Don't think so. The arguments for making him the luckiest guy are stronger. After all, you can't win shootouts if you keep missing the break shot. I am sure he will have given this some serious thought himself. We've said it before, when the pressure gets to the very peak, it's not about knowledge anymore, or about systems, not even about position play. Other things matter: can you keep your heart rate down? Can you control your nerves, your emotions? You learn more about yourself in the seconds of a shootout than you do in days of practice.

But if you are a billiard player and you look at Sidhom's season, you HAVE to feel sorry for him. How many disappointments can a man take? How often can you make 40 in 24 or in 21, and not be through to the next round? What a cruel sport we play.

It is my personal opinion that the 30- and 80-point rewards for National and Confederational titles are too high, especially the second one. The first one does not do all that much damage: it will only put a few national champions of smaller countries a little higher on the ranking than their actual playing strength warrants. Nobody really cares though, if you are 73d or 95th on the ranking. But the Confederational 80-point rewards weigh too heavily on the business part of the world ranking list. Especially in the situation we have now, where a top-14 and a top-20 position (3CC!) can and will have significant financial consequences, players must have equal chances, equal conditions, regardless of the country they live in. I hope the UMB board sees the value of looking into this and possibly fine-tuning the point scales.  

 

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My Comments

Öndal Demirci
Öndal Demirci
About ACC
Good article , Bert ...
Our sport should be fair .
A confederation which consists of almost one country should not give the same points like the others .
Maybe 40 or 50 ?

Message 1/6 - Publish at December 22, 2018 1:27 PM

Adib (DQ)
Adib (DQ)
Confirmation bias
Van Manen's words concerning the friendliness of Sameh do not fool anyone. In fact, he gave us a typical example of a confirmatory bias by his tendency to search for and recall information in a way that confirms his preexisting beliefs and hypotheses.

Message 2/6 - Publish at December 29, 2018 10:02 AM

grametta
grametta
Good article
Excellent observation Bert. It is more than correct to give the right value depending on the confederation in which we play to make equal opportunities to all the players in the world of a sport that is perhaps among the most difficult.

Message 3/6 - Publish at January 2, 2019 6:43 PM

Knguyen
Knguyen
True points..
Depending on the volume of quantity and quality of players should determine the given points. Even though KOREA, Vietnam, or Turkey are individual countries, but the volume of quantity and quality players are very high and challenging competitions.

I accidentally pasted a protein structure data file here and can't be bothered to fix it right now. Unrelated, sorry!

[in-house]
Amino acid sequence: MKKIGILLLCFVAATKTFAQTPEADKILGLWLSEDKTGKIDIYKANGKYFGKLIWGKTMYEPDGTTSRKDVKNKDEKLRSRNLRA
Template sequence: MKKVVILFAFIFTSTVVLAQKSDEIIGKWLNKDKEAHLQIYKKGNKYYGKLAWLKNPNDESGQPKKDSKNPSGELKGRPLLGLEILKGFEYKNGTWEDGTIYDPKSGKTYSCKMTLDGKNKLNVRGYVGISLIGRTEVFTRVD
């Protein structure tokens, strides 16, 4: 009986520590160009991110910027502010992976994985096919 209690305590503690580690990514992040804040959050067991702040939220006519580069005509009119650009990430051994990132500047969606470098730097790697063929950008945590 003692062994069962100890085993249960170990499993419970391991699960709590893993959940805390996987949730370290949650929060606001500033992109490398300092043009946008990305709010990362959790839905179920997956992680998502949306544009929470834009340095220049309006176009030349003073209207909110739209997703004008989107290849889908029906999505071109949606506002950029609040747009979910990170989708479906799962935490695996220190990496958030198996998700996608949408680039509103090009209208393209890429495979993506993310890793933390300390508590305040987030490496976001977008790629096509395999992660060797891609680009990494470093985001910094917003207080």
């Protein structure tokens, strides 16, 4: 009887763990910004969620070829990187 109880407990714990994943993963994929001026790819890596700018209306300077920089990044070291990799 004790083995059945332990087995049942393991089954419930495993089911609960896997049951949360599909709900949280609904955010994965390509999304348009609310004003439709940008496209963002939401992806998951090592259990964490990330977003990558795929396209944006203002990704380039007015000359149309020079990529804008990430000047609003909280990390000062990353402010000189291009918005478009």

Message 4/6 - Publish at January 3, 2019 5:22 AM

lext
lext
This is easy to fix
All you have to do is to take into account relative strength of each tournament. You can do that by taking the average number of points currently carried by the top 10 (or top 8, top 12, top 20 etc. Basically just pick a number). Then you can multiply that with a factor (maybe 0.25 for national events, and 0.5 for confederational event?). That will be the number of points the winner of the event get.

That way, winning the African championship will net you relatively few points (since the strength ofo the top 10 players will be rather low). So will winning the championship of a country where there's only 1-2 stars and many amateurs. But winning the championship of a strong continent (Europe) or country with many strong players (South Korea) is a lot harder, and consequently should give you a lot more points.

Message 5/6 - Publish at January 3, 2019 11:46 PM

lext
lext
Moreover
You can apply the same system to work out the number of points any arbitrary tournament can bestow, not just national and continental championship. You can work out the relative strength of a tournament by taking the average "point score" of its top N players (not all players, mind you, just the top N, to avoid the strength being diluted by outsiders. However N should be at least 8 to reflect true strength).

Once you have the true strength, it's only a matter of multiply that with a proper coefficient (to reflect the importance of the event, for example national, regional or world cup/world championship) to arrive at the number of points each winner should have. For those that leave the tournament earlier than the final, just assign an appropriate number of points (for example 10% of top point if out in the group stage, 20% at 1/16, 35% at quarter final, etc)

Message 6/6 - Publish at January 3, 2019 11:52 PM